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Talking Points:



April 2002


Immigration enforcement by local police will not make us safer from terrorism. Eroding the rapport between communities and police will, in fact, make us less safe.  Police need the cooperation of the communities they serve and protect to collect information about suspicious behavior so they can prevent terrorism and other crime.


·         Community-based policing is essential to effective local law enforcement. Local police rely on the people in their community to provide the information they need to fight crime and prevent terrorism. Immigrants who live in tightly-knit communities often have information about the people around them that police want.


·         Immigration enforcement by local police undermines community-policing efforts. A local police department that begins to enforce immigration laws will lose the trust of the community it serves and protects. In communities where people are afraid to talk to local police, more crimes go unreported, fewer witnesses come forth, and people are less likely to report suspicious activity. Many immigrants come from countries where people are afraid of the police, and police here have spent years building trust that will be destroyed overnight. The loss of this trust makes us all less safe.


·         Even legal immigrants and U.S. citizens will be reluctant to talk to police. Because immigration law is complicated and always changing, many legal immigrants still worry that they could be deported for reasons they may not have known about. Many immigrants live in families of mixed status and would be afraid extra scrutiny may have unforseen harm for a family member. There have been reports of even U.S. citizens who were “deported” because they were caught up in sloppy enforcement. Many successful community-based policing efforts have included express statements from police that they were not investigating individuals’ immigration status.


·         Even the mention that DOJ is considering the use of local cops to check immigration status could be exploited by criminals and terrorists. The bad guys seek to divide communities with fear and distrust so they may act in secret, and they will play up the situation to keep people from working together. Ignorance and misinformation about the use of local police for immigration enforcement will take a toll, even in communities that declare they will not use this authority.


The Constitutionality of local police enforcing immigration law is in question. Now is not the time to erode our fundamental principles, certainly not through public policies that work against their very intent.


Local police departments need to spend their limited resources on solving crimes and preventing terrorism. The INS needs to focus its efforts on handling the job it has now and on creating smart enforcement policies that actually work.


  • Local cops will be distracted from their primary mission when they are asked to perform new duties for which they have no training, compromising public safety and undermining effective immigration enforcement. Let them spend their time on what they are trained to do without additional mandates that are confusing as well as conflicting. 


  • Immigration laws are extremely complex, and INS agents follow different procedures for arresting immigrants than for arresting criminal offenders. Enforcing these laws legally and sensibly requires intensive and expensive of training, but DOJ proposes to enlist local cops without any at all. Without training, local cops have no hope of adding to effective immigration enforcement and will undermine any reasoned efforts that do exist. Requiring training will drain time and resources local cops could better spend on solving crimes and preventing terrorism. The Immigration Agent basic training is an intensive and specialized 17-week residential course, and agents in the field complete additional on-the-job training. Local communities can spare neither the money for training nor the limited time of their police officers.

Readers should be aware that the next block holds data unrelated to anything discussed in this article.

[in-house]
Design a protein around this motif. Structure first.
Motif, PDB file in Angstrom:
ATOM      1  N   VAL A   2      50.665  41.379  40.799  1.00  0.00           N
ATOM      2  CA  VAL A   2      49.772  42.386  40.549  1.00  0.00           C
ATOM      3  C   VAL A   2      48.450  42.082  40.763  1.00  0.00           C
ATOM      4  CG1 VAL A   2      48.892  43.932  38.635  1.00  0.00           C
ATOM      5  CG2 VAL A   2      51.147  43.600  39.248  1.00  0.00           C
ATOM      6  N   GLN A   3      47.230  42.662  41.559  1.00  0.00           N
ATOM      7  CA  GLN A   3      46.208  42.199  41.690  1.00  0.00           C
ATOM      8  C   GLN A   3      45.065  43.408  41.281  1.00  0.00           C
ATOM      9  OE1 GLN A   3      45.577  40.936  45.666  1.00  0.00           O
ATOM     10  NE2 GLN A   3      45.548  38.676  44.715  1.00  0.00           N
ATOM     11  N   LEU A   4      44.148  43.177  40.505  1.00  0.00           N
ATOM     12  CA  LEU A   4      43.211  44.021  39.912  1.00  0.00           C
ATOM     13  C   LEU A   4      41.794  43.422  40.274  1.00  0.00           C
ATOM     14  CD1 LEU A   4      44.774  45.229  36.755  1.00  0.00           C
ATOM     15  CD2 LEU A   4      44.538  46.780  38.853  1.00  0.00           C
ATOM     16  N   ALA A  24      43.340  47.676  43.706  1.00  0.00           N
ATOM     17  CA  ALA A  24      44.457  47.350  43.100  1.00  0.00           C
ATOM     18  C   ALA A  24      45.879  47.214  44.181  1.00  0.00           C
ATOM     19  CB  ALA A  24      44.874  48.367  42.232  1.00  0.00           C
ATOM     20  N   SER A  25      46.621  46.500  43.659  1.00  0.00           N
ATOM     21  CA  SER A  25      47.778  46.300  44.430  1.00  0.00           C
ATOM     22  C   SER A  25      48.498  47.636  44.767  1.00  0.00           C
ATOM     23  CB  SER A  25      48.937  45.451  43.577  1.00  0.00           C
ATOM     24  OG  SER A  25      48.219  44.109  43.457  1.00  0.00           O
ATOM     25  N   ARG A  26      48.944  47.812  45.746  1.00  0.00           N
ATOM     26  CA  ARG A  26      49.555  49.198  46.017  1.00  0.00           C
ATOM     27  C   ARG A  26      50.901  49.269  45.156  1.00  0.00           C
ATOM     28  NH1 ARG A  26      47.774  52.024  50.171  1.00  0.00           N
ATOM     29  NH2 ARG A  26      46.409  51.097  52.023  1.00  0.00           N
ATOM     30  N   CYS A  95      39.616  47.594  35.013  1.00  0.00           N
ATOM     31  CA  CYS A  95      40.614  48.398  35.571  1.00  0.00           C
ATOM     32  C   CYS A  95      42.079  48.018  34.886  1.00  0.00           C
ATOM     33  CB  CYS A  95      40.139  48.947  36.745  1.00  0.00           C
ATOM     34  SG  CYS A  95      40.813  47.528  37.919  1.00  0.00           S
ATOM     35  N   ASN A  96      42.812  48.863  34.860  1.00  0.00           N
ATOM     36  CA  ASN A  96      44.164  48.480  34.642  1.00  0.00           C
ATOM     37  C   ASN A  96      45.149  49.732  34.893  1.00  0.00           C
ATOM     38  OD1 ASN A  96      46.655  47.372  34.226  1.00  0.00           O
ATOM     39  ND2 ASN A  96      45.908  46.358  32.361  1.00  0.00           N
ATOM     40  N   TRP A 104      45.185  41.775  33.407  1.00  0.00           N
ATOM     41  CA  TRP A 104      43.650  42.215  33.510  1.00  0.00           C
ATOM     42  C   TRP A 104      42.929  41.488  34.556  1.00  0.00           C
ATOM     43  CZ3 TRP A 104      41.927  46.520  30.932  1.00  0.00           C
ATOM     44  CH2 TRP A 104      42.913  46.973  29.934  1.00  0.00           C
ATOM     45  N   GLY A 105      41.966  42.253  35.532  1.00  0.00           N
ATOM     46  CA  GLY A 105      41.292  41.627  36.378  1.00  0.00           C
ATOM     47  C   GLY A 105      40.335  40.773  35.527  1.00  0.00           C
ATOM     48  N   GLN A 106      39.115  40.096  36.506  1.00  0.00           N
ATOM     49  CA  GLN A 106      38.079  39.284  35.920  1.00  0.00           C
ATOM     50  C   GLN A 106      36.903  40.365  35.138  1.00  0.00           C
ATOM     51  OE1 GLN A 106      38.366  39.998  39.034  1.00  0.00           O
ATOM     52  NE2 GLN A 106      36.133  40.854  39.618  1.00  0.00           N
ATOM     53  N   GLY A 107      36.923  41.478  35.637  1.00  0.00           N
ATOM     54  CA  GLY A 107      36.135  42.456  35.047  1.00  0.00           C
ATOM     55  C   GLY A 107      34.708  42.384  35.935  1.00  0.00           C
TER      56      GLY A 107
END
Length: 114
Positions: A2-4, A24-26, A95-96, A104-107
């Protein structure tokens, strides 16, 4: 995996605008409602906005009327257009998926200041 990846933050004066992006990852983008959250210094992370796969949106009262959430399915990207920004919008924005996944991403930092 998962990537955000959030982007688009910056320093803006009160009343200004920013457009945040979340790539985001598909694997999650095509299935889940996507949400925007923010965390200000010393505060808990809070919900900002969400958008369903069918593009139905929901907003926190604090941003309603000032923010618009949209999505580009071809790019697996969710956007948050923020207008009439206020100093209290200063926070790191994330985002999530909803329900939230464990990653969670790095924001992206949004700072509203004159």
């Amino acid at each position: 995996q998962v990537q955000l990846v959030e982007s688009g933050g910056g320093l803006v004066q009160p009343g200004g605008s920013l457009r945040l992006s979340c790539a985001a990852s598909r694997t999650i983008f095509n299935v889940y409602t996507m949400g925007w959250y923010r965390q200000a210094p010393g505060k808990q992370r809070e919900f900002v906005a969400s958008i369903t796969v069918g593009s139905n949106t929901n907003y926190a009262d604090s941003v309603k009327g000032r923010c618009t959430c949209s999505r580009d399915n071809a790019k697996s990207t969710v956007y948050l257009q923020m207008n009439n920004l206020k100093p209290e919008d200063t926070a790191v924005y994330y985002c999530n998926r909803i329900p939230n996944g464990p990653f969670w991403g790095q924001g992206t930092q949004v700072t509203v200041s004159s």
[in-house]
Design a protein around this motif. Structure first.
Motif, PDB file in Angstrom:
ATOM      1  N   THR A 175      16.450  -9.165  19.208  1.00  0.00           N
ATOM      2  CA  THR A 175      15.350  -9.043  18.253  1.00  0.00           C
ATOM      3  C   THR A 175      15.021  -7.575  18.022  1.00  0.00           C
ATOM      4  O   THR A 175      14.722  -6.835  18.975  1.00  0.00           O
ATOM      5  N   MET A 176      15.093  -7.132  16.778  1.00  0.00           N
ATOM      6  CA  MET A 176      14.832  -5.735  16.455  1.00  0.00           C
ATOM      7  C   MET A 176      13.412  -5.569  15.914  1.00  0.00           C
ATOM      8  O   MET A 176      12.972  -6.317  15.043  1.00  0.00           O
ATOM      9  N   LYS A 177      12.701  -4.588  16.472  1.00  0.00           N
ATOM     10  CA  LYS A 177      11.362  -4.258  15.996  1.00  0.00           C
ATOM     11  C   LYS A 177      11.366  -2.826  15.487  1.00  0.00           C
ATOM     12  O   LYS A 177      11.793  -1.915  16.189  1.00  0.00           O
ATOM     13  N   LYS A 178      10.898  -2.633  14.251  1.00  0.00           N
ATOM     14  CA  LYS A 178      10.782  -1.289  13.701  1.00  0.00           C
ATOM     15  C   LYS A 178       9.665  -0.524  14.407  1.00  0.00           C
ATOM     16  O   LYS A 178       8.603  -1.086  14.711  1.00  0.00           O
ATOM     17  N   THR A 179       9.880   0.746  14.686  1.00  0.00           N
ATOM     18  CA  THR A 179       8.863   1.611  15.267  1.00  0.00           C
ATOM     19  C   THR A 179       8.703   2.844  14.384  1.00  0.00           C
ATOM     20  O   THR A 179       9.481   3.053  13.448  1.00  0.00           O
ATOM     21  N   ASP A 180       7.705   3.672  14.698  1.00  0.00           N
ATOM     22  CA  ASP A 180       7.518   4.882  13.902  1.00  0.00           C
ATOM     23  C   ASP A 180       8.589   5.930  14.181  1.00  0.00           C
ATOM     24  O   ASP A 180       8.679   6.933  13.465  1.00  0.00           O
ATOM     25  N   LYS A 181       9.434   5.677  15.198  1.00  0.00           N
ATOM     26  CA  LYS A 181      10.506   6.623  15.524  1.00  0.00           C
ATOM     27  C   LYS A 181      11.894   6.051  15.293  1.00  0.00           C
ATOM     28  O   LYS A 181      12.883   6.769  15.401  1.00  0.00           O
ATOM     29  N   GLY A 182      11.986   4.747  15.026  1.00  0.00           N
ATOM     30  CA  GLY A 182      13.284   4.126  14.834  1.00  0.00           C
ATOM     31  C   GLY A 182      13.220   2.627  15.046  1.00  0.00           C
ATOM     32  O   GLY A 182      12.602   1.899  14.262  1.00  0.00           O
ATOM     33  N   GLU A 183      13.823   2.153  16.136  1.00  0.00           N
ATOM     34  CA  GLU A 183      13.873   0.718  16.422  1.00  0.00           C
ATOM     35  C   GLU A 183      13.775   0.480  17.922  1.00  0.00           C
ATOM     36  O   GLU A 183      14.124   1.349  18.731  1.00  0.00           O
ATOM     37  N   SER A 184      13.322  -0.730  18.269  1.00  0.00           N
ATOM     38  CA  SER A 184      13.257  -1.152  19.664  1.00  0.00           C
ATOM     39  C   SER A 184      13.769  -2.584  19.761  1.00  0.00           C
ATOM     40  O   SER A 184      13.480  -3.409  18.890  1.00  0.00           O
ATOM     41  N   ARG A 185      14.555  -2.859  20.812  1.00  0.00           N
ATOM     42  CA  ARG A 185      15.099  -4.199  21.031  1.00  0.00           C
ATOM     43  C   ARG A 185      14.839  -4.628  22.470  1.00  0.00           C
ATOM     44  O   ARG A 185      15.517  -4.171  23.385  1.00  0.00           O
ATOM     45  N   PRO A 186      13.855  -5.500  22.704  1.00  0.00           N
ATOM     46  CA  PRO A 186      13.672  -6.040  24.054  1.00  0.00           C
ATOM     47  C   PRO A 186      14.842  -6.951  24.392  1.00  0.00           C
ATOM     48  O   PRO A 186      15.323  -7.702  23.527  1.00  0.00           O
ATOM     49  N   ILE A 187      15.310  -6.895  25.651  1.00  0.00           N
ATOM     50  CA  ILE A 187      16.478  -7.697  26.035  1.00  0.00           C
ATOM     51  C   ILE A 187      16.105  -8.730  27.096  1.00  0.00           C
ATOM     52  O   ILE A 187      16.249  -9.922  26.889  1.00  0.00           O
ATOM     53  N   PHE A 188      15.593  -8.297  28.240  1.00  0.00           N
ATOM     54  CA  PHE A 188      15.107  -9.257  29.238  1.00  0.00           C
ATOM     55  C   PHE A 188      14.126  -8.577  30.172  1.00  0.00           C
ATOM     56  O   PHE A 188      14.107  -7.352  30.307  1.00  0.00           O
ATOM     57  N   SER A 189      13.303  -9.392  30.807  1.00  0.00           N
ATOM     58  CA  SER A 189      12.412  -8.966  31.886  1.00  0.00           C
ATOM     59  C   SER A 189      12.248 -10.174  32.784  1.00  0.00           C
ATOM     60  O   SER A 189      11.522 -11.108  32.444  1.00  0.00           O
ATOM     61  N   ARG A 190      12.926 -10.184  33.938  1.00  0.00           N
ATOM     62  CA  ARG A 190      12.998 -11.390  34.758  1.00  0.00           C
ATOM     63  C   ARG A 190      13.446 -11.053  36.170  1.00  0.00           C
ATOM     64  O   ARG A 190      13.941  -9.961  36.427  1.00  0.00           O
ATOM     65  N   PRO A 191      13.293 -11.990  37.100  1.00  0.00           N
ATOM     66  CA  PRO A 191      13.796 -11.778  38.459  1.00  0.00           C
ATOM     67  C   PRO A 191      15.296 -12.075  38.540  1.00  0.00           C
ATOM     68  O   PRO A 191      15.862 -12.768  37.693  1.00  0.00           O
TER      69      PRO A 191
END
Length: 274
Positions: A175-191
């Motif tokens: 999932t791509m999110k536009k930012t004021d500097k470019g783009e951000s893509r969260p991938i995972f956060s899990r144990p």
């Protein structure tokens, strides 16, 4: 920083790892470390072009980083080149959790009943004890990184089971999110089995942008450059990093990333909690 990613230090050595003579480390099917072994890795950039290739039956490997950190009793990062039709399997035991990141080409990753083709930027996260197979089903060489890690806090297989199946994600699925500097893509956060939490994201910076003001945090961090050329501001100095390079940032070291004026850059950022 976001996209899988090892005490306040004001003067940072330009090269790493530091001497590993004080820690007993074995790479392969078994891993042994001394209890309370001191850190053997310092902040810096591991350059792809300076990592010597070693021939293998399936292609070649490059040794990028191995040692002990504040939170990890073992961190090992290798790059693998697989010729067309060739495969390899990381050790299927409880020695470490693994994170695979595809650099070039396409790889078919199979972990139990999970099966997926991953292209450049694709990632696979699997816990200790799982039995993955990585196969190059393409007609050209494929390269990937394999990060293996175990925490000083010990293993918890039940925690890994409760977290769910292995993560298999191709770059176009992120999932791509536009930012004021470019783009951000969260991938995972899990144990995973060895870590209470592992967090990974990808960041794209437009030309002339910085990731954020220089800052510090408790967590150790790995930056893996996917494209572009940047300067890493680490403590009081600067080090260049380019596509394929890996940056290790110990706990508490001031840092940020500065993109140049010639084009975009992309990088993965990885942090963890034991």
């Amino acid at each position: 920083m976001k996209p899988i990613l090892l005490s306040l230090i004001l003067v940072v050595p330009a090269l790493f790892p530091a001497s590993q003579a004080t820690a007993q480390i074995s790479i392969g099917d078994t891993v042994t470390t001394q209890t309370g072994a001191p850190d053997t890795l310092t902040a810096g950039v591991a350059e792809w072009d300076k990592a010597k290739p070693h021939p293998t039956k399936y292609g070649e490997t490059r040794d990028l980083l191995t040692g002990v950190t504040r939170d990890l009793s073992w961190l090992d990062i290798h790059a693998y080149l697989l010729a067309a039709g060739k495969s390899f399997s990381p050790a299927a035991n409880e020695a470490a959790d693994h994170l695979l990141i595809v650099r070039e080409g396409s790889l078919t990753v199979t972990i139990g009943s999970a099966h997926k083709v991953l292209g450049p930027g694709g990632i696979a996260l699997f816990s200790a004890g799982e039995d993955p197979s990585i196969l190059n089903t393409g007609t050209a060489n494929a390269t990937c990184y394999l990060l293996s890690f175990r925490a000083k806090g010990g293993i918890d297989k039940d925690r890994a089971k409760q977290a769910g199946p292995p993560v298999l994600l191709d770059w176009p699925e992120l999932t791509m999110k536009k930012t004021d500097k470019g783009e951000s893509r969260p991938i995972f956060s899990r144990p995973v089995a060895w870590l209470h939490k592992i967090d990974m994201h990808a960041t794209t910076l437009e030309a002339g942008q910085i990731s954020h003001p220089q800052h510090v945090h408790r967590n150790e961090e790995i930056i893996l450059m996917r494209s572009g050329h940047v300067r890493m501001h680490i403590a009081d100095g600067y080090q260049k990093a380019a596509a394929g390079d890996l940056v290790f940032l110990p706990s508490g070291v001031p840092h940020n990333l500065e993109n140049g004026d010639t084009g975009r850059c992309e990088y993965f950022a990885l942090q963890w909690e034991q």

• The INS itself has a history of inefficiency and abuse and will shortly undergo a fundamental reorganization. How can this agency lead local cops in an effort to enforce law and procedure they themselves can’t handle?  The added burden of overseeing local law enforcement will only increase the chaos and exacerbate INS’s already dysfunctional performance. Let the INS set the standard for itself before it sets the standard for others.


Enforcement of immigration laws by local police has a bad track record.


·         Police forces that understand they need the cooperation of all community members have wisely declined to enforce immigration laws.  Those that don’t have a bad track record.  Citizens are not required to carry proof of citizenship, and determining if an immigrant is legal can be a complicated process.  Too often local police who try to enforce immigration laws base their suspicions on race, ethnicity, or language.  When they do this, they violate the civil rights of citizens and legal residents, and they expose themselves to expensive legal action.


·         Many local leaders have expressly condemned turning local cops into INS agents, among them prominent mayors such as Rudy Guiliani and Michael Bloomberg of New York, Richard Riordan of Los Angeles, and Richard Daly of Chicago.  These leaders understand the special dynamics between the people in their community and police better than the Attorney General ever could. With one action, DOJ would change these relationships for the worse, even if local leaders do not accept this plan.